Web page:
Magazine article looks at Idaho's concrete bridges, past and future

State Bridge Engineer Matt Farrar provided an extensive overview of Idaho’s use of concrete bridges for the spring edition of Aspire – The concrete Bridge Magazine. The three-page article, “Spanning the Past and Future” and six accompanying photos were included in the “State” section of the industry publication.

Chairman of the American Association of State Highway and Transportation Officials bridge committee, Farrar discussed the use of concrete in the:

  • Rainbow Bridge restoration
  • Snake River Bridge near Weiser
  • New Ten Mile Interchange on Interstate 84 in Meridian
  • Veterans Memorial Centennial Bridge over Bennett Bay near Coeur ‘Alene
  • Wye Interchange in Boise, and
  • Robinson Road Bridge over I-84

Following is the text of Farrar’s article. A pdf of his article, as it appeared in the magazine, also is available for downloading here.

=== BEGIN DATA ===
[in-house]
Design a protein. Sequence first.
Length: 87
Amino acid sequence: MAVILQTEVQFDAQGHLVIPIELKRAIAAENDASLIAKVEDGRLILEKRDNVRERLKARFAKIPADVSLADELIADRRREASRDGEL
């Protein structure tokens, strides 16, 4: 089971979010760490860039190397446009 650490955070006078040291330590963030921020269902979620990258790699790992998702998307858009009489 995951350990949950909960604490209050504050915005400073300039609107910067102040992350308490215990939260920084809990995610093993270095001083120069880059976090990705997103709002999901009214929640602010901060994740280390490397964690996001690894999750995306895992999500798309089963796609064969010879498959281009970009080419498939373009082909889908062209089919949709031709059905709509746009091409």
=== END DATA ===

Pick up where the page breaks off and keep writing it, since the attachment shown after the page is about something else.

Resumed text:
Along with many other states, Idaho faces challenges in managing its bridge assets by cost effectively extending their service life or replacing them. For bridges with spans of less than 130 feet, the need for economical, durable, and quickly constructed bridges usually makes prestressed concrete the first choice. Innovative options, especially with accelerated bridge construction (ABC) techniques, also have proven to work well with precast concrete.

Precast, prestressed concrete bridges have become Idaho Transportation Department’s (ITD) first choice for a variety of reasons, particularly because they usually provide the lowest first-cost solution. But they also offer low, long-term maintenance costs due to their high durability. They provide flexibility, offering many cross sections to choose from and providing a range of ways they can be